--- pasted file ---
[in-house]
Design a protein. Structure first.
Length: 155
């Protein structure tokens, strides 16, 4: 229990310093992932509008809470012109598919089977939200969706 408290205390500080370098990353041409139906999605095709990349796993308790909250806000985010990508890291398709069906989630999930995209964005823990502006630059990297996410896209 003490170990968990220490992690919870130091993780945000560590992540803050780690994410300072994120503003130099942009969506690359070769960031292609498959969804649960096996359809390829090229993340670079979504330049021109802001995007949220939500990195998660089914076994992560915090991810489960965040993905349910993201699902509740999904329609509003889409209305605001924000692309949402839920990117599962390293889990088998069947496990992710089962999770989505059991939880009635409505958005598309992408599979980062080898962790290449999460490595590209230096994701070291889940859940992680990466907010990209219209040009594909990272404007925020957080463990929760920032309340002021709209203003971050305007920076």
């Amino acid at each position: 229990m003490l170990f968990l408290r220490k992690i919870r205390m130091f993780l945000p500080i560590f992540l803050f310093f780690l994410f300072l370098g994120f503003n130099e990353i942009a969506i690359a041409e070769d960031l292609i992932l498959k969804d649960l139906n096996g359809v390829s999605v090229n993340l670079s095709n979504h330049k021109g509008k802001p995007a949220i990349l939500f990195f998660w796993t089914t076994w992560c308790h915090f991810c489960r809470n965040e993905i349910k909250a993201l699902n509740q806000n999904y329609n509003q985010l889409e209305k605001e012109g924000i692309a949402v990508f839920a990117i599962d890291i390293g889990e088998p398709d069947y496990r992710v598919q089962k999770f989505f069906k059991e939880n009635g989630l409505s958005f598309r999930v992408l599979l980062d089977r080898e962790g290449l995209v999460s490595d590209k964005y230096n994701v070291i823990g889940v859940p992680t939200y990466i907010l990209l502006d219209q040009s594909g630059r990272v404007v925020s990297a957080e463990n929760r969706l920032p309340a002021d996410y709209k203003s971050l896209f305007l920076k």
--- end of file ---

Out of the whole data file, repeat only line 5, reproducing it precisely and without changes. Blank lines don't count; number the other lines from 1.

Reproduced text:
């Amino acid at each position: 229990m003490l170990f968990l408290r220490k992690i919870r205390m130091f993780l945000p500080i560590f992540l803050f310093f780690l994410f300072l370098g994120f503003n130099e990353i942009a969506i690359a041409e070769d960031l292609i992932l498959k969804d649960l139906n096996g359809v390829s999605v090229n993340l670079s095709n979504h330049k021109g509008k802001p995007a949220i990349l939500f990195f998660w796993t089914t076994w992560c308790h915090f991810c489960r809470n965040e993905i349910k909250a993201l699902n509740q806000n999904y329609n509003q985010l889409e209305k605001e012109g924000i692309a949402v990508f839920a990117i599962d890291i390293g889990e088998p398709d069947y496990r992710v598919q089962k999770f989505f069906k059991e939880n009635g989630l409505s958005f598309r999930v992408l599979l980062d089977r080898e962790g290449l995209v999460s490595d590209k964005y230096n994701v070291i823990g889940v859940p992680t939200y990466i907010l990209l502006d219209q040009s594909g630059r990272v404007v925020s990297a957080e463990n929760r969706l920032p309340a002021d996410y709209k203003s971050l896209f305007l920076k």